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Old 09-06-2012, 06:09 AM   #6
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Quote:
Originally Posted by Diana View Post
If you want it to go faster I would suggest you get the real nitrifying bacteria. Look for Nitrospira on the label. All other 'bacteria in a bottle' are not the nitrifying bacteria.

To continue the fishless cycle follow the suggestions above:
Do enough water changes to keep the NO2 under 5 ppm, and go easy on the ammonia for a while. 1-2 ppm is fine.
When the bacteria begin to catch up and remove the nitrite faster then you can increase the ammonia to 3 ppm.

These bacteria grow best under the following conditions:
High oxygen: So keep up good water movement.
High pH: upper 7s to low 8s. Even the mid 7s is OK, but not into the 6s.
High KH: These bacteria need the carbon from carbonates. As little as 3 German degrees of hardness it OK, as long as you monitor and add more so the bacteria do not use it all.
Other minerals: GH at least 3 German degrees of hardness,
A pinch of plant fertilizer such as KH2PO4. (I just learned about this one a few days ago- I knew the bacteria needed some minerals, but not which ones)
The BT-9 probably contains mostly ammonia converting bacteria (Nitrosomonas sp.)...also probably why the nitrites are sticking around.

Anything I can get at Wal-Mart? That's about the only thing open right now...Tetra SafeStart sounds about right I guess.

Last edited by Drift Monkey; 09-06-2012 at 06:34 AM.. Reason: answered my own question
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Old 09-06-2012, 10:51 AM   #7
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I guess they don't sell safestart at wallyworld anymore...oh well.

Anyway, I guess I'm doing ANOTHER 100% water change. Fun times!

The ammonia I added last night def got eaten up some, as did a bit of nitrite...

Current readings:
  • pH - 6.8
  • Ammonia - 0.25 ppm
  • Nitrite - 5 ppm (peeged still)
  • Nitrate - 10-20 ppm

I'm gonna add a double scoop of BT-9 for while the water is out for good measure this time. I'll post a parameter update again once I change the water out and let it run for a few hours...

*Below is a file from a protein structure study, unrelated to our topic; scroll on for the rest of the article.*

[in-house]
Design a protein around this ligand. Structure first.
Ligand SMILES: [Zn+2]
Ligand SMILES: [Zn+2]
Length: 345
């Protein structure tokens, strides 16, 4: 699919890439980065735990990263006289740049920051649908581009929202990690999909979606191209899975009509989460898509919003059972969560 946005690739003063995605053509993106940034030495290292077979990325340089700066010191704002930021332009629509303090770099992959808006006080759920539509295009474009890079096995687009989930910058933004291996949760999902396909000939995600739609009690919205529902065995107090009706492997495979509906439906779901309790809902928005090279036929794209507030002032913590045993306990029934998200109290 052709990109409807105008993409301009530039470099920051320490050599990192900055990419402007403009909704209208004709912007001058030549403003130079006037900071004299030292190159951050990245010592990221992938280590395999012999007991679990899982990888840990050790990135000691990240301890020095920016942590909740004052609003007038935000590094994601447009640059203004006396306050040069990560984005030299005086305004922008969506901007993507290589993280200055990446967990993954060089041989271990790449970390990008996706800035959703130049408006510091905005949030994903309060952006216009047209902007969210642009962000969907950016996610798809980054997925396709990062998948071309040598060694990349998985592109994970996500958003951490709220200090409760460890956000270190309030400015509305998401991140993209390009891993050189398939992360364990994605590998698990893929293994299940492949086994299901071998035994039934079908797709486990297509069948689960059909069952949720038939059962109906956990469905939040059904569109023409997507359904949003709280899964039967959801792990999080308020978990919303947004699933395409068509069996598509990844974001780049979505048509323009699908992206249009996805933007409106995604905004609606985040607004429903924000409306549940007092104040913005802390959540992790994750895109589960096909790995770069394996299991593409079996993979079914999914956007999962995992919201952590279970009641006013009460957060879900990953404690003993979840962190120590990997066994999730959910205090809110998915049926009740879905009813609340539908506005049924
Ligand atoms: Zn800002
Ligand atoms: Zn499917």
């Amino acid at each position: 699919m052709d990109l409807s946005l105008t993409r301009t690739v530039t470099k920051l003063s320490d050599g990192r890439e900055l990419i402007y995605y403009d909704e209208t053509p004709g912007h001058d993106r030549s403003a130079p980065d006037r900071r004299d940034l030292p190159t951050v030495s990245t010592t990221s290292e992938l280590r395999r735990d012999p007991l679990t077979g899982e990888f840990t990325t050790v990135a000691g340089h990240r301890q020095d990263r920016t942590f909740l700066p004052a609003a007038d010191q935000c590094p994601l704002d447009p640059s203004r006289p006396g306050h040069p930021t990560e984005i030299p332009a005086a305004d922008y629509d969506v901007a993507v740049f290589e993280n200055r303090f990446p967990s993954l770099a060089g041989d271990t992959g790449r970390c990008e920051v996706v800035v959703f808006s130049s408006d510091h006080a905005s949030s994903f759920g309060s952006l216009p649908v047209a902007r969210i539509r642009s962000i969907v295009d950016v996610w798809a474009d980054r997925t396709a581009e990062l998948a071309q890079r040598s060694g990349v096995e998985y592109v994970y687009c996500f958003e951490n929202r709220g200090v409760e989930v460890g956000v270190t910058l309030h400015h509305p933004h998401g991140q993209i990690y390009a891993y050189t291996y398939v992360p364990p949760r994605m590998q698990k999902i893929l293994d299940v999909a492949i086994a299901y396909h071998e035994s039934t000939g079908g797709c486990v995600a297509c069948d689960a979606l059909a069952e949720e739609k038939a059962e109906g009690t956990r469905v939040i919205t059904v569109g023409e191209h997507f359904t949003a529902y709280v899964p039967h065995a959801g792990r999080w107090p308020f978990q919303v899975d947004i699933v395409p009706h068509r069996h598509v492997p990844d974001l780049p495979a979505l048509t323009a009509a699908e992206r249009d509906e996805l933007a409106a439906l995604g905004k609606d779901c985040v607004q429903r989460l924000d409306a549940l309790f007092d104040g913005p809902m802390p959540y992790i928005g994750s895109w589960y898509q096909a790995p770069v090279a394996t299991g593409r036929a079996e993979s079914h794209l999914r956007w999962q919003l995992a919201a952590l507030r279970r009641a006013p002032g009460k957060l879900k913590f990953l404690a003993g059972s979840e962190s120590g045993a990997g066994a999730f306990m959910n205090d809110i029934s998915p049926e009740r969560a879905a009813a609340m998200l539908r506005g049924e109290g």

Last edited by Drift Monkey; 09-06-2012 at 12:50 PM.. Reason: .
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Old 09-06-2012, 12:57 PM   #8
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It's been running for a couple hours and I think I may have reached a breaking point! the nitrite reading shows up a bit lighter than it did earlier...not quite as dark of a purple. The nitrites seem to have reduced to 2 ppm (for now). Maybe the double dose of BT-9 helped after all?

I'm still amazed at how high it is every time after a 100% change though.

The ammonia levels reset to .50 ppm as expected, so I raised it back up to 1 ppm with a few drops of ammonia.

I raised the lily pipes up again after the water change to promote more aeration...we'll see it that helps. I'll check again tonight.
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Old 09-07-2012, 03:23 AM   #9
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The first group of bacteria, a Nitrosomonas marina-like species grows pretty fast, so that by the end of the first week the fast ammonia removal is typical. Yes, they are turning it into nitrite.

The second group, a couple of species of Nitrospira are slower growing, and while they are working on the nitrite (nitrate showing up proves that) they are nowhere near as fast at removing it as the first group is at producing it.

Keep up the water changes so the NO2 does not go over 5 ppm, and keep dosing the ammonia, but not more than 3 ppm once a day. The ammonia will probably be pretty much gone the next day.

Give the second group a while yet. It can take them 2-3 weeks to get up to the right population level.
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Old 09-07-2012, 04:26 AM   #10
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Quote:
Originally Posted by Diana View Post
The first group of bacteria, a Nitrosomonas marina-like species grows pretty fast, so that by the end of the first week the fast ammonia removal is typical. Yes, they are turning it into nitrite.

The second group, a couple of species of Nitrospira are slower growing, and while they are working on the nitrite (nitrate showing up proves that) they are nowhere near as fast at removing it as the first group is at producing it.